Reggae to the world

Observer senior writer

WHEN Martijn Huisman decided to write a book about Bob Marley And The Wailers, his objective was to show readers the legendary band’s global impact “from the bottom of the Grand Canyon to the frozen heights of the Himalayas in Nepal”. He accomplished that with The Reggae Nation: The Global Legacy of Bob Marley & the Wailers.

Released September 23, the 432-page book sees the Dutch author going into major cities where Marley and his band introduced reggae, as well as remote areas where they did not perform but nevertheless have a following due to their charismatic leader’s timeless music.

Huisman told the Jamaica Observer that the expansive work — a limited amount of 500 copies are available — took him 10 years to complete.

“I started working on the project in late summer of 2011. Rather naively, I expected at the time that I would be spending a couple of months on it. But, as I consulted numerous sources of information and talked to many knowledgeable people, the months turned into years and the scope of The Reggae Nation kept expanding,” he said. “I have spent countless hours on the project, really a lot of my free time, throughout the years. But, it was all more than worth it as my passion for and devotion to the music and culture kept me going. The music kept the fire burning and the book progressing, slowly but surely,” Huisman added.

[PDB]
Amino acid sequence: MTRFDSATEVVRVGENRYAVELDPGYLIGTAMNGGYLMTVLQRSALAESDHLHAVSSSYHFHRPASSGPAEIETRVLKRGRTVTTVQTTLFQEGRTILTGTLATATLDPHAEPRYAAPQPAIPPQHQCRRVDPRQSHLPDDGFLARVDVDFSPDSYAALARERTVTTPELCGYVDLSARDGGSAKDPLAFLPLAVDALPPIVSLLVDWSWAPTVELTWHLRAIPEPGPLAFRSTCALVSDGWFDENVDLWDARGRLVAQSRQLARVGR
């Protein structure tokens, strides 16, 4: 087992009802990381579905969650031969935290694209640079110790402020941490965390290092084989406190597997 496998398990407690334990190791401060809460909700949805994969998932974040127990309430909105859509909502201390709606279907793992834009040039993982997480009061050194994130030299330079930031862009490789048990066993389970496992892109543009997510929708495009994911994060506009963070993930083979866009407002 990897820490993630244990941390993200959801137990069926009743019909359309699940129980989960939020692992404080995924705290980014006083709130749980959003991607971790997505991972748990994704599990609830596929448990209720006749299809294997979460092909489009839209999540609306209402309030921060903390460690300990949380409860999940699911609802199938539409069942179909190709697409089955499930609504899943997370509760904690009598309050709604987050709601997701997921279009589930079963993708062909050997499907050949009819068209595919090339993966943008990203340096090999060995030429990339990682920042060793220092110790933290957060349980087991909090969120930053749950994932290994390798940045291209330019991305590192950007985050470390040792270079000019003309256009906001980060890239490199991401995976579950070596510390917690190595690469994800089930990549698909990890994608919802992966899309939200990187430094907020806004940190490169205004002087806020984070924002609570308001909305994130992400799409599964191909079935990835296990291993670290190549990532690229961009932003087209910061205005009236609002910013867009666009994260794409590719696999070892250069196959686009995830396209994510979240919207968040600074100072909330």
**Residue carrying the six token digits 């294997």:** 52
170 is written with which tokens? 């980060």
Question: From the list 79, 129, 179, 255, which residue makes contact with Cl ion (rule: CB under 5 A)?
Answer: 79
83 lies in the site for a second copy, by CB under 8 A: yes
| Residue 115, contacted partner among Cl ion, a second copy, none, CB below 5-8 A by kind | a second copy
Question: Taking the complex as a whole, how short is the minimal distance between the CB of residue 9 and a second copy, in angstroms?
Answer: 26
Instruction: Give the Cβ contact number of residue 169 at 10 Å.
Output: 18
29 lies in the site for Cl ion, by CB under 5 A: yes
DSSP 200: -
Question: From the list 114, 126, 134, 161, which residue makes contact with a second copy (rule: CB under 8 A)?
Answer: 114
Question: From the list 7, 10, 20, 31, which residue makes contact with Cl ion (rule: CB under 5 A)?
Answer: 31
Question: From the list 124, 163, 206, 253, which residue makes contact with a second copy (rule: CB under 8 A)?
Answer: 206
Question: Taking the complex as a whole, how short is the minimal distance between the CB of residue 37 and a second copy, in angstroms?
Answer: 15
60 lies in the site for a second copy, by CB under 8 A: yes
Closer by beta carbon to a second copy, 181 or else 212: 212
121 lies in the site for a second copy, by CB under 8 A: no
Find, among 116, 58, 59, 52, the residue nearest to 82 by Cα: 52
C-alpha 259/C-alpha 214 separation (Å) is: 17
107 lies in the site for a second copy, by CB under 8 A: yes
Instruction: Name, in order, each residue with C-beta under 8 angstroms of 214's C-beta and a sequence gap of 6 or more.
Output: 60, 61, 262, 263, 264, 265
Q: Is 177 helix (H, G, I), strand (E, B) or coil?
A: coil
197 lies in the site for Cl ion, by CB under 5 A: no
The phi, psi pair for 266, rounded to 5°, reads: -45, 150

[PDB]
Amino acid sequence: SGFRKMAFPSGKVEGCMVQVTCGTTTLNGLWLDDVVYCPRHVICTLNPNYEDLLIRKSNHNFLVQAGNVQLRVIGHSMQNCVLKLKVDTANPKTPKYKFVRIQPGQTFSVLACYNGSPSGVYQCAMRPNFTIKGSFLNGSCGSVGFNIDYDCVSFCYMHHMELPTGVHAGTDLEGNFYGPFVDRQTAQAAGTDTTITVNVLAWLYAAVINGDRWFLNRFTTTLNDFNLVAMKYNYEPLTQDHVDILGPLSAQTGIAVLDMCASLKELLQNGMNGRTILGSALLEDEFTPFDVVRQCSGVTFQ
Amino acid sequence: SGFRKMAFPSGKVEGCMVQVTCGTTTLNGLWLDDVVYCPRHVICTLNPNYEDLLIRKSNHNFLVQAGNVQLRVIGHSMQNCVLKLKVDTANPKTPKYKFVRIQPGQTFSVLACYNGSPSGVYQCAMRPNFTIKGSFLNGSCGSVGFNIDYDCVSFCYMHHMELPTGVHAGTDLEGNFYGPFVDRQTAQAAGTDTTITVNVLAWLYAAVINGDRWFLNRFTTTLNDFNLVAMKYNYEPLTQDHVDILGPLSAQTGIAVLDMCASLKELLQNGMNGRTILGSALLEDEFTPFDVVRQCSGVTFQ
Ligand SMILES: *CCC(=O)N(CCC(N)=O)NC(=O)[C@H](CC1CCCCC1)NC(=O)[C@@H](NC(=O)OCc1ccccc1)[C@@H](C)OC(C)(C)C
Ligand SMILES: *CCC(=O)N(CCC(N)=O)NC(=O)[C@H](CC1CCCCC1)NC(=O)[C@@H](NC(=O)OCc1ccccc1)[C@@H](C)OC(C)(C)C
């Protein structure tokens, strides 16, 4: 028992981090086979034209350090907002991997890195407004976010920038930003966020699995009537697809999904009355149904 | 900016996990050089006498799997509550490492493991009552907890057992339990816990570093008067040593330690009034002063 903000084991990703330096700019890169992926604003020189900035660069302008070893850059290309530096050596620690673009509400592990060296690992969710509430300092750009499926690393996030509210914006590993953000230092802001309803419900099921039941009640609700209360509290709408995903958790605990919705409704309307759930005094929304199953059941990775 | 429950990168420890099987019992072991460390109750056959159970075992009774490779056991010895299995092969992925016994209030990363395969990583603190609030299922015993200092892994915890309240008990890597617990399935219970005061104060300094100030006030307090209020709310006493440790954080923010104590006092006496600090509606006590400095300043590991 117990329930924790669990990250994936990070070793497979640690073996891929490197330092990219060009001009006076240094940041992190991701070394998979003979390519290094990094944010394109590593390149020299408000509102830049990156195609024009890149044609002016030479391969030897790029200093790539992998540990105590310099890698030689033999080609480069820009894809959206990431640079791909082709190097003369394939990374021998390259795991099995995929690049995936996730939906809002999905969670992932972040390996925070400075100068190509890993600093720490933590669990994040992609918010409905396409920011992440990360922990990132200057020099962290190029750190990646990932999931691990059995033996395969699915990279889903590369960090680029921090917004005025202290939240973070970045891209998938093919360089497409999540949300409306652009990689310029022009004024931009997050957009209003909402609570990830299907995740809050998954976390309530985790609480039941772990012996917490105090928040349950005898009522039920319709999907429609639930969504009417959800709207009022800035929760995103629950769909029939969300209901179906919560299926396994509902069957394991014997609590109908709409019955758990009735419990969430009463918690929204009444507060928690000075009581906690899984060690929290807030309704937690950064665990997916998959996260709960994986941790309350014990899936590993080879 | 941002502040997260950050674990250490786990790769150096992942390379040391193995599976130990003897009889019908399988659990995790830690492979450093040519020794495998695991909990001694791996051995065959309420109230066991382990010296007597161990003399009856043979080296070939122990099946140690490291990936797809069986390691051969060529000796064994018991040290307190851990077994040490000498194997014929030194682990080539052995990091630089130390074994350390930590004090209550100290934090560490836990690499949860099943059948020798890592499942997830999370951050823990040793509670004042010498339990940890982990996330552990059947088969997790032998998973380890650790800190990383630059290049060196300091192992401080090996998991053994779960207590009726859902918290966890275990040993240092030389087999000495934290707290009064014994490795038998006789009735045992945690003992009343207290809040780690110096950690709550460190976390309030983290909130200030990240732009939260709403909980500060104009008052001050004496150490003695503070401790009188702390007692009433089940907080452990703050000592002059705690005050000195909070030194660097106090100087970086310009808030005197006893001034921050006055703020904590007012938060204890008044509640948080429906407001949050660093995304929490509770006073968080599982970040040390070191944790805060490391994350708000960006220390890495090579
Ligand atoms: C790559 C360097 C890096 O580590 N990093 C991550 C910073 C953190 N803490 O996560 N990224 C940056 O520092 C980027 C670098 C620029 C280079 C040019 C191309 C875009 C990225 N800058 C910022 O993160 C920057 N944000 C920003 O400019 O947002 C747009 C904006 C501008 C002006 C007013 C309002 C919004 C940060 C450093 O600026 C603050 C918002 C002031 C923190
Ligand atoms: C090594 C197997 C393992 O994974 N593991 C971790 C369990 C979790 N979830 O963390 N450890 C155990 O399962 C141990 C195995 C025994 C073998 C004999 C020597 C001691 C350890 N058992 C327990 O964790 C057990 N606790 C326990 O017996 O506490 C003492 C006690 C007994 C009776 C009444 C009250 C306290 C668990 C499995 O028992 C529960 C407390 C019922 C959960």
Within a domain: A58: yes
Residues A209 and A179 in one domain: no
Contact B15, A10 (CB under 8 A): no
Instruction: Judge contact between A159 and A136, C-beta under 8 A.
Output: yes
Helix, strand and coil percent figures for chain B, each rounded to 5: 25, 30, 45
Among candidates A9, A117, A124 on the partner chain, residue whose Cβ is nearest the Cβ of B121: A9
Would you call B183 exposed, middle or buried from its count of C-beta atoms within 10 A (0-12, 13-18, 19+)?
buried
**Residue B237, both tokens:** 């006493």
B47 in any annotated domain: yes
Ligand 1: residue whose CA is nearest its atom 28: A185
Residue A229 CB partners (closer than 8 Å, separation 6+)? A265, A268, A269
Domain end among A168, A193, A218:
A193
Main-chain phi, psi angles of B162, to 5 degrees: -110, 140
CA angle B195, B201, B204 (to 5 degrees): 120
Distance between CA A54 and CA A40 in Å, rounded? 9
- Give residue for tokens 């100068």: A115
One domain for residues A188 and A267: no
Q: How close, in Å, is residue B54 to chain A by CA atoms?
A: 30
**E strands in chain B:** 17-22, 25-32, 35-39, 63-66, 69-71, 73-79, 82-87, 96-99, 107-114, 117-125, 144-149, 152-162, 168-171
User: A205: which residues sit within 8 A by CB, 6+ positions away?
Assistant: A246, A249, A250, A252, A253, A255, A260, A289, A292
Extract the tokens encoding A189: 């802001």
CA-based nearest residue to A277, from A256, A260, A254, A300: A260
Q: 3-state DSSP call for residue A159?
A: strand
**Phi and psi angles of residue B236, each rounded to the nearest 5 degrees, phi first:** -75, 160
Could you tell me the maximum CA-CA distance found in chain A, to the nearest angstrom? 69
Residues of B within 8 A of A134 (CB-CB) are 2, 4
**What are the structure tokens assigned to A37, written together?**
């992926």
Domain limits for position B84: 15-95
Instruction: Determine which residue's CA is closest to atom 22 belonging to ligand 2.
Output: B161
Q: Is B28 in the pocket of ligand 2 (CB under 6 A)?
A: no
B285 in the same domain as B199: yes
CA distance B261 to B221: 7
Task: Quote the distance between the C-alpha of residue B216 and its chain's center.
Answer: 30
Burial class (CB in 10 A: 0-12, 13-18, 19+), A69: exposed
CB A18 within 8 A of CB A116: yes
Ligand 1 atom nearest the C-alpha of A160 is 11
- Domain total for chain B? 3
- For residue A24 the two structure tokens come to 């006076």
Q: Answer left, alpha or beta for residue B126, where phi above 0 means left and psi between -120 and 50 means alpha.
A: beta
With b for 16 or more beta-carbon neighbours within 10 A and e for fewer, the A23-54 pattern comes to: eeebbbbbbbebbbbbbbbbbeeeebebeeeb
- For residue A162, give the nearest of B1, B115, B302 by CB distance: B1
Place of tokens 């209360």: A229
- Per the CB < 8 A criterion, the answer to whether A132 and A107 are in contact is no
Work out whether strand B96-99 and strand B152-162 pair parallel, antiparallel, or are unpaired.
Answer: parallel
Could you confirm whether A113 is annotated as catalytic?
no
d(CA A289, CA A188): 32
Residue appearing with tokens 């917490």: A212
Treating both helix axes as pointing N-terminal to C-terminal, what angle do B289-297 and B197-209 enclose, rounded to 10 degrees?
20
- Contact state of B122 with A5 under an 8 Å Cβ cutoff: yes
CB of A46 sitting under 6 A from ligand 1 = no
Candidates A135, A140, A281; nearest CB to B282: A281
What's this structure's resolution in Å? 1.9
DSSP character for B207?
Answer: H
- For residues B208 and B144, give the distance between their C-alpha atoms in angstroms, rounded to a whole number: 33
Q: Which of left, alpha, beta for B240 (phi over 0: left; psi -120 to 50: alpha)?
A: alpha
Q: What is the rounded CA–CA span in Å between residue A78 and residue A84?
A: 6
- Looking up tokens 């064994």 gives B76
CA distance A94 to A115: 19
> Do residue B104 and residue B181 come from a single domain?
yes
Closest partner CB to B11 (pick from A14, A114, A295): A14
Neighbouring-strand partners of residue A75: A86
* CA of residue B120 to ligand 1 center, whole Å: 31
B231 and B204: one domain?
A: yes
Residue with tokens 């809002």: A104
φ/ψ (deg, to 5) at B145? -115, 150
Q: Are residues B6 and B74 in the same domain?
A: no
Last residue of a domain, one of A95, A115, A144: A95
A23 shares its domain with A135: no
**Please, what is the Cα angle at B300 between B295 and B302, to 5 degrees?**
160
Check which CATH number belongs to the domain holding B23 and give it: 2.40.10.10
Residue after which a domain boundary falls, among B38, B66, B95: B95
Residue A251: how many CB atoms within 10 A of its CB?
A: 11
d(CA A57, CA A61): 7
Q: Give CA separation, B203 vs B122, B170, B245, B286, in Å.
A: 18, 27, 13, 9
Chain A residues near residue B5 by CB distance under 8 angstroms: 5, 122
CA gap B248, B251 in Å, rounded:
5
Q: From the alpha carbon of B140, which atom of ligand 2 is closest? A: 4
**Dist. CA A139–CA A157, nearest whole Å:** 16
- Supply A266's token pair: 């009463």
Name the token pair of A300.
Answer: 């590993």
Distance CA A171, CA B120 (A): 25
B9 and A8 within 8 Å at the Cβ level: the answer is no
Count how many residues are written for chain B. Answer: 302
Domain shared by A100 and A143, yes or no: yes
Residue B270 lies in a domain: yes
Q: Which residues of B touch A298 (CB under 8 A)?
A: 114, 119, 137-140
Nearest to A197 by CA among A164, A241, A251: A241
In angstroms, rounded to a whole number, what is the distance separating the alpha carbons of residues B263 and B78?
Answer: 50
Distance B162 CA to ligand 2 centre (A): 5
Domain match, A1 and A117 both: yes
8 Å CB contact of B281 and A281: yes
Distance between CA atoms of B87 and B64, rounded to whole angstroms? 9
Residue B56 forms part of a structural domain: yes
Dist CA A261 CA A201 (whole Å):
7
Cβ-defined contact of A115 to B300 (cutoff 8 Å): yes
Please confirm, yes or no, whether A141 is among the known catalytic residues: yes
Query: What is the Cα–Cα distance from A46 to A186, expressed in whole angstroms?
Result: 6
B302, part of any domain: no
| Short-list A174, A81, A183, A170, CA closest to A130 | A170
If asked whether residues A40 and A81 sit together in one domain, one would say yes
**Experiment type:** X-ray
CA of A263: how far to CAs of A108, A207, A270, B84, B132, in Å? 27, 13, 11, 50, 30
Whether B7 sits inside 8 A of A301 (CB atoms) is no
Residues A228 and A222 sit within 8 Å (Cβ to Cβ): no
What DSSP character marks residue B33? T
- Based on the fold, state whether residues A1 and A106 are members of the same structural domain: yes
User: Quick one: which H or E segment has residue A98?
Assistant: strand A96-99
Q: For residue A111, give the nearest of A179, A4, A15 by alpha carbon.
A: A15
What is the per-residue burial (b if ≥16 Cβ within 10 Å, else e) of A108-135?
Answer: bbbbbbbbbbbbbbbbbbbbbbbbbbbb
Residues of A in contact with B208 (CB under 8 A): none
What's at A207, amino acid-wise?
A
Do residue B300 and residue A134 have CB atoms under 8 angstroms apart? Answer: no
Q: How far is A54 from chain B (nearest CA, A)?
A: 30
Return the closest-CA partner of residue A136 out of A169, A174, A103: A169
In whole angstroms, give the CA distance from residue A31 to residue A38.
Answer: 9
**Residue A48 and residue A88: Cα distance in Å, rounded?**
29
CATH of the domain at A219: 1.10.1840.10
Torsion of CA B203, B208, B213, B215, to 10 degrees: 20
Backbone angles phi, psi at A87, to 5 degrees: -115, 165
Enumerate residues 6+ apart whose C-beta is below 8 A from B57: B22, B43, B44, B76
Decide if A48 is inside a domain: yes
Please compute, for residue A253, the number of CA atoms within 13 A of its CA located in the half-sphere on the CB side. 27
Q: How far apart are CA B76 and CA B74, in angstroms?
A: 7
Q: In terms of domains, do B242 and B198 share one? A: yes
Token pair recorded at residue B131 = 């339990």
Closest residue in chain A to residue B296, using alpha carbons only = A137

One of the book’s eye-openers is how Marley’s music appealed to indigenous people. Huisman focuses on groups in Australia, New Zealand, the Pacific and United States.

He also looked at the reggae king’s role in historic events such as the birth of Zimbabwe, the fall of the Berlin Wall and riots in Tiananmen Square.

To mark Zimbabwe’s independence, Marley and The Wailers performed at the event in Harare in April 1980. Protestors at the Berlin Wall in Germany and Tiananmen Square in China 32 years ago, challenged the status quo to his music.

“Native American tribes in the United States, Māori in New Zealand, Aboriginals in Australia, the indigenous people of West Papua, native ethnic groups in China… They and others saw (and see) Marley as a musical freedom fighter and found in reggae inspiration, solace, solidarity, support, and strength to continue and empower their struggles for dignity, freedom, justice, self-determination and (cultural) survival,” said Huisman.

He added that,“Reggae appealed to them as a potent and compelling expression of social and political resistance as well as cultural awakening. In the book, we witness how Bob Marley’s music was part of the birth of a nation (Zimbabwe), was played and sung by the people at remarkable historic events (the fall of the Berlin Wall, the Tiananmen Square protests, the Contra War in Nicaragua, the Arab Spring), supported and amplified the voices of protest which called for the end to apartheid in South Africa, played a role in the political events of nations (Jamaica, Ivory Coast, Kenya, to give but a few examples), and contributed to youth movements and protests across Europe.”

Huisman, who is from the city of Rotterdam, studied journalism at Erasmus University in his hometown. He began listening to reggae when he was 10 years old.

Eleven years ago while at Erasmus, Huisman did an extensive feature titled Babylon by Bus, based on Marley and The Wailers’ groundbreaking tour of the Netherlands in 1976. Those shows were part of the 1977 album of the same name distributed by Island Records.

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